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ADV NewsNew Patent Reveals Production Version of Yamaha Tenere 700 ‘Raid’

New Patent Reveals Production Version of Yamaha Tenere 700 ‘Raid’

New long-range T7 one step closer to hitting showroom floors.

Published on 01.20.2022

According to a freshly filed patent, Yamaha is one step closer to launching a production version of the higher-spec Tenere 700 “Raid” prototype we watched flying across Moroccan dunes at the hands of T7 ambassadors Alessandro Botturi and Pol Tarrés last November. A month later, the world saw the Raid up close at the EICMA show in Milan.

It was on fire, featuring vintage Paris-Dakar styling, a raft of enhancements to the bodywork, and performance upgrades for the engine, brakes and suspension. But as any trend watcher knows, much of what’s on the runway never makes it to the street, and such is the case of the Tenere 700 Raid. 

What does seem to have made the cut based on the patent photos are the prototype’s dual fuel cells, which appear sizable and are situated low and forward of a traditional center-mounted tank, each with its own filler cap. The images don’t show the rear-mounted auxiliary tanks we saw on the prototype in Milan.  


And while there’s no way to tell how much additional range the oversized tanks will provide, it’s safe to assume volume will be on par with other longer-range middleweight ADV bikes, such as BMW’s F850GS Adventure, which holds 6.1 gallons. Today’s standard T7 tank carries only 4.2 gallons, so the additional range will definitely be appreciated. 

But what else will you get if you splurge on a T7 Raid? Like a pro rally raid bike, the bodywork is more extensive than the standard version, and a new rally-style seat stretches far up the tanks, providing an enlarged platform to accommodate shifts in body weight. Footpegs are wider than stock, with serrated edges and no rubber inserts are visible. 

The fairing on the prototype extends downward around the dual tanks to frame the standard T7 radiator, visually melding with a substantial skid plate that protects the engine and exhaust. In lieu of traditional caging, Yamaha has created frame-mounted bumper-style crash guards that integrate into the bike’s large side panels for a clean look. 

Up front, an upright, rally-style windscreen and wing-like side panels wrap around the stock headlamp to create a wider snout for the Raid edition. Behind the screen there is a depiction of a larger, vertically-positioned data screen, likely a color TFT to replace the current base model’s small monochrome LCD screen.

Unfortunately, many desirable upgrades on the prototype are missing in the patent renderings. We don’t see a change in the exhaust (the prototype sported a full titanium Akrapovič race exhaust), the high motocross-style fender, or the oversized radiator that supported the show-circuit Raid’s increase in power. 

Also missing are the juicy 48mm forks with 10.6 inches of suspension travel, the CNC Machined aluminum triple clamps for extra rigidity, and the rear shock with revised linkage that promised 10.2 inches of travel. The more powerful, higher spec brakes on the prototype, which addressed one of the T7’s most common criticisms, are also absent in the patent depictions.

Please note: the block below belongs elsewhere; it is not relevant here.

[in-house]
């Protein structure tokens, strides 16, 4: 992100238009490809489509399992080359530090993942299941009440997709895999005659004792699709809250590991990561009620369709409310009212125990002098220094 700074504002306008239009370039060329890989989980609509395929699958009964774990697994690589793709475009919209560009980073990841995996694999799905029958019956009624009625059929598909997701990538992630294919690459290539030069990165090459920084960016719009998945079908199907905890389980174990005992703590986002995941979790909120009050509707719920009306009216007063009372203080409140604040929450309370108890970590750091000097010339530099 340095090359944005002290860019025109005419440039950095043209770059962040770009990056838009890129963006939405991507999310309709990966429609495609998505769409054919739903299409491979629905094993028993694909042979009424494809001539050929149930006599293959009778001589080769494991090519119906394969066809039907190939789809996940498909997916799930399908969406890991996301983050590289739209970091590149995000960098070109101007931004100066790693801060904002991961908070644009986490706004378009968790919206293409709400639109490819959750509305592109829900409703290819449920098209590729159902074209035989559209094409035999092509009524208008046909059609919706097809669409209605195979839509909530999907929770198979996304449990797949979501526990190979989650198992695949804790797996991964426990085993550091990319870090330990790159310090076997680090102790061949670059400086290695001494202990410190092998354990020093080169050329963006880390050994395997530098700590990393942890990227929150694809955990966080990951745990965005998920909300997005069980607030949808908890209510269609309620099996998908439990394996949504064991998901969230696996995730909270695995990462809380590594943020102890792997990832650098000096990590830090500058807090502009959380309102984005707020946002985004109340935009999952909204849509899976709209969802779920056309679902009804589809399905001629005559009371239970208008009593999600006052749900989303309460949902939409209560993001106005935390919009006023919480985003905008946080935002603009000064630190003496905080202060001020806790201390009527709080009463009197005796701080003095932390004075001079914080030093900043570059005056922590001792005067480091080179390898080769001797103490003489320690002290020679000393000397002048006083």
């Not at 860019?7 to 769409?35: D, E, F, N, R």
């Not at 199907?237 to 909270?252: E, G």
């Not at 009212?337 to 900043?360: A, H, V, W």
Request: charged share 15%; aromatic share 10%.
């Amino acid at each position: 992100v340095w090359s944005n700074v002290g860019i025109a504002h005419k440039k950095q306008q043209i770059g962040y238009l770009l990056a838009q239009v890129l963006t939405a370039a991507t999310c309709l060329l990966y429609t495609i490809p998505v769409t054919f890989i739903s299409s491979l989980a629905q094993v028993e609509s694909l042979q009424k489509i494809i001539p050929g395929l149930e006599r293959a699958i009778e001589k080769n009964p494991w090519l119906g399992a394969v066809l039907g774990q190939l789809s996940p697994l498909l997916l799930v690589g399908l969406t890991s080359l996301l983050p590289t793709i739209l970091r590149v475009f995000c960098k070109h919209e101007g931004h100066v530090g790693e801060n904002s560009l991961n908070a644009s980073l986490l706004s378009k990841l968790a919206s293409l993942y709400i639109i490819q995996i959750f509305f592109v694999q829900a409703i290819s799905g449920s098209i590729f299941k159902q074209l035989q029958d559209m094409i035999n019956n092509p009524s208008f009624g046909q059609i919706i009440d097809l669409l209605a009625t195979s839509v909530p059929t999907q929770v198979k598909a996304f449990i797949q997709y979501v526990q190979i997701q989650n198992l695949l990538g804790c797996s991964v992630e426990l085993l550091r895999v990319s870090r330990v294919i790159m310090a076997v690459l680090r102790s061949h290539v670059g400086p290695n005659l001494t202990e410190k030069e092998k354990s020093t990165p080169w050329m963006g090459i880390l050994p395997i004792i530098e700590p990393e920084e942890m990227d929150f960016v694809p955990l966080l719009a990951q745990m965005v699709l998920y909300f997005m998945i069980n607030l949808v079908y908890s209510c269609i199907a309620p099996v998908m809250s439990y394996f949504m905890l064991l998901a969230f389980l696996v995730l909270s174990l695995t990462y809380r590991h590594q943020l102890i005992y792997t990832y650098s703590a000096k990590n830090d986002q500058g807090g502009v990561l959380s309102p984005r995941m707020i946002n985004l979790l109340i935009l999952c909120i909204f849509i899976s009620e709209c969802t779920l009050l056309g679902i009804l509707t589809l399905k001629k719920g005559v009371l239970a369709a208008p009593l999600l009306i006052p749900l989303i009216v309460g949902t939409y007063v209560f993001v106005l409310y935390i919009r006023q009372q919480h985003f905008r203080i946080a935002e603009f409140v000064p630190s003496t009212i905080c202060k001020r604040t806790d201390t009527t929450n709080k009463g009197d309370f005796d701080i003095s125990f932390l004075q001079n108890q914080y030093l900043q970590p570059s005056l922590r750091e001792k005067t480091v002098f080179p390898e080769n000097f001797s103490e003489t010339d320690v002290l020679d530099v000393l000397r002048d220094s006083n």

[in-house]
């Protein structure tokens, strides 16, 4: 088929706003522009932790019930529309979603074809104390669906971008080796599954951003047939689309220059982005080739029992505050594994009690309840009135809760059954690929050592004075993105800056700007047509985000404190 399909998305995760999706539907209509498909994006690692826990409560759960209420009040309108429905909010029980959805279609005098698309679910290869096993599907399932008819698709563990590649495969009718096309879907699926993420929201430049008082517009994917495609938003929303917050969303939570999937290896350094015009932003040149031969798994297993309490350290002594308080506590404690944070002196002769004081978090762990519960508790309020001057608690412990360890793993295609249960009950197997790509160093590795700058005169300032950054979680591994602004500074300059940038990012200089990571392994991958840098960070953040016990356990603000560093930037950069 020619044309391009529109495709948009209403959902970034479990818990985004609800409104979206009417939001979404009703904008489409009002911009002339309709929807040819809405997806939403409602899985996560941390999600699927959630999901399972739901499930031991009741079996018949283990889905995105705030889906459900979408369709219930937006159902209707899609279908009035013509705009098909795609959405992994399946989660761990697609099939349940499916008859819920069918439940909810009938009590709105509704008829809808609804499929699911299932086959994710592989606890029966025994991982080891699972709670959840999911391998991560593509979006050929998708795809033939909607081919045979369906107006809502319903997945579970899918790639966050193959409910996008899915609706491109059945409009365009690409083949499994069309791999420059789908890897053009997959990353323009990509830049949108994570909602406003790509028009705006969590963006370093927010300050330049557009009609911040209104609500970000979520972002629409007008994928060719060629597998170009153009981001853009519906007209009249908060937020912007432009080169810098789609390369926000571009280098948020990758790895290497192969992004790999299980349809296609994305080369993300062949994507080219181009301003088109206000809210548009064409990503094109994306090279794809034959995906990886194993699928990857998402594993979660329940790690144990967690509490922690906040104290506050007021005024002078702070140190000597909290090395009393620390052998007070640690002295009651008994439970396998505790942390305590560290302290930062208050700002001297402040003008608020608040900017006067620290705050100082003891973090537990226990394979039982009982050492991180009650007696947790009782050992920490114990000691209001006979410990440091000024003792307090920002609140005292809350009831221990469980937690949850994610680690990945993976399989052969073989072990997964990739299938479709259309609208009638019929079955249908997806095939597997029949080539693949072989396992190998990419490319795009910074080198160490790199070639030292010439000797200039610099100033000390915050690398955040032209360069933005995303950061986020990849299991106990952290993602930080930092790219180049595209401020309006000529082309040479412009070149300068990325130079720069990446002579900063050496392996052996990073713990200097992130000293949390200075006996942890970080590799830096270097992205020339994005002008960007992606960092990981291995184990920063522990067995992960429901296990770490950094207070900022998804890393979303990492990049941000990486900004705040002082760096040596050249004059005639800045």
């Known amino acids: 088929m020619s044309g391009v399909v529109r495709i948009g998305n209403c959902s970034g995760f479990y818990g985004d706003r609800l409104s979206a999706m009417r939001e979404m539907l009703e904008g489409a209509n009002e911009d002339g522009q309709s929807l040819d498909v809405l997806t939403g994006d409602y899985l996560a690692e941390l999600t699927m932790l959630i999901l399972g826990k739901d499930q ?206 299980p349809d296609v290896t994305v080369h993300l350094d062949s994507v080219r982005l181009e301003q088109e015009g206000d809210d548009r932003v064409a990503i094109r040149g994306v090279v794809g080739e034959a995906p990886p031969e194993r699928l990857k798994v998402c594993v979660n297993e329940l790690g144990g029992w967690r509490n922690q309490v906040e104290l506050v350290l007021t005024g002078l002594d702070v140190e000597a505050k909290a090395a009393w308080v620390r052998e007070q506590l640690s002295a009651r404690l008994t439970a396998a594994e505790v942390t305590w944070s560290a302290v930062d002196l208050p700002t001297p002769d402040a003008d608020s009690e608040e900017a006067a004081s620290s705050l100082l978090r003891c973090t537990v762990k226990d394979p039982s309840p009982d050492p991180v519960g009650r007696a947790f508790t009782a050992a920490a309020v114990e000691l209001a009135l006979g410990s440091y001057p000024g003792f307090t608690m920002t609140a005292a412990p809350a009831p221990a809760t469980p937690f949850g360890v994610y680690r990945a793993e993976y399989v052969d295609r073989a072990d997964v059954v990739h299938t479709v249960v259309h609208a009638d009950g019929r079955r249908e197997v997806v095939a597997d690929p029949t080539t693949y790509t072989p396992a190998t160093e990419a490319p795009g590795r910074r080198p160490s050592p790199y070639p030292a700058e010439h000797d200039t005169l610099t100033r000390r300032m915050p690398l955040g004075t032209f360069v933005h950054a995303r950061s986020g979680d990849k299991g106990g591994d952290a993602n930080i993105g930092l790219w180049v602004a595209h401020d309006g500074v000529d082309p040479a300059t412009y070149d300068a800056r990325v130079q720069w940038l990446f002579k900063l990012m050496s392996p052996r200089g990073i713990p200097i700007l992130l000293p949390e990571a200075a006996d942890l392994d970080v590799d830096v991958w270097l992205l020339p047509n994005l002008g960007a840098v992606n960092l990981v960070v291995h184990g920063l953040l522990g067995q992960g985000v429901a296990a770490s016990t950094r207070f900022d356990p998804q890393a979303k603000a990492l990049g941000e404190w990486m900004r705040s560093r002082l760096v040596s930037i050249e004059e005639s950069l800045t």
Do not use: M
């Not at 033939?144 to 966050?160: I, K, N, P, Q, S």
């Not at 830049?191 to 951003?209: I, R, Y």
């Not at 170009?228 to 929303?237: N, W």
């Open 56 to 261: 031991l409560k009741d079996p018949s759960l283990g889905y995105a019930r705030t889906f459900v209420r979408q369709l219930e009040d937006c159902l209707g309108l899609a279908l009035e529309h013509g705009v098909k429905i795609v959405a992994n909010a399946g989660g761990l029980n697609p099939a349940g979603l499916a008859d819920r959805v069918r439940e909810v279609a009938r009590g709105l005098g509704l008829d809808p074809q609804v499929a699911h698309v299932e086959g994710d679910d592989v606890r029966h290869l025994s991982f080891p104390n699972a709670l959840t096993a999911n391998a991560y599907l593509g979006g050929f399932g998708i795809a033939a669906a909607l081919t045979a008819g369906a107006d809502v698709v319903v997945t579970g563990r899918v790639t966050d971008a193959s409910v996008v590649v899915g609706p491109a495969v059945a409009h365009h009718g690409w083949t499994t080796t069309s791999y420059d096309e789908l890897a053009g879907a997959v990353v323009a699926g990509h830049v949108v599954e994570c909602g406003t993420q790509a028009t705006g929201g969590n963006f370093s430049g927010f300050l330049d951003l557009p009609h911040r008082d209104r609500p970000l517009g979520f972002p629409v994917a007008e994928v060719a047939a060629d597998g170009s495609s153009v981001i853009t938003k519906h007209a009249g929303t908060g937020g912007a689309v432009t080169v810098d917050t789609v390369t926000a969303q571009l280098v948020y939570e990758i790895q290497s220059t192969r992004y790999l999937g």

At the end of the day, most of the performance features on the prototype Raid may likely become available through Yamaha’s GYTR (Genuine Yamaha Technology Racing) parts program and could be added piecemeal to the T7 we see here, much as Pol Tarres did when he upgraded the standard T7 for The Seeker and The Seeker 2 short films. 

Still, it would have been awesome to see that kick-ass build debuted in Milan — a machine to give KTM’s 890 Adventure R Rally a run for its money —  sold off showroom floors as a standard package. 

No word yet on how long we’ll have to wait for the T7 Raid, what pricing will look like, or even whether it will have cruise control (such a hot button for ADV riders!), but we’ll keep you informed as soon as news arrives. 

Author: Jamie Elvidge

Jamie has been a motorcycle journalist for more than 30 years, testing the entire range of bikes for the major print magazines and specializing in adventure-travel related stories. To date she’s written and supplied photography for articles describing what it’s like to ride in all 50 states and 43 foreign countries, receiving two Lowell Thomas Society of American Travel Writer’s Awards along the way. Her most-challenging adventure yet has been riding in the 2018 GS Trophy in Mongolia as Team AusAmerica’s embedded journalist.

Author: Jamie Elvidge

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J D Cooper
J D Cooper
January 21, 2022 2:36 pm

Honestly now…how much would it have cost Yamaha to fix the muffler vulnerability? And maybe a seat option? How much would it cost to spring the US models for a normal American’s weight. Modifications are great…but lets refine the basic package first.

Steven Hill
Steven Hill
February 11, 2022 3:21 pm
Reply to  J D Cooper

Exactly. Bolt on sub-frame, Decent pegs, etc. Not enough to make me want to trade in my 2021 T7. I’ll just keep modding it until I get it the way I want.

January 22, 2022 2:29 pm

Now it will be as heavy and as expensive as the competitiin – just 30hp less powerful.

February 1, 2022 5:00 pm

Makes the Aprilia 660 look pretty good, right?


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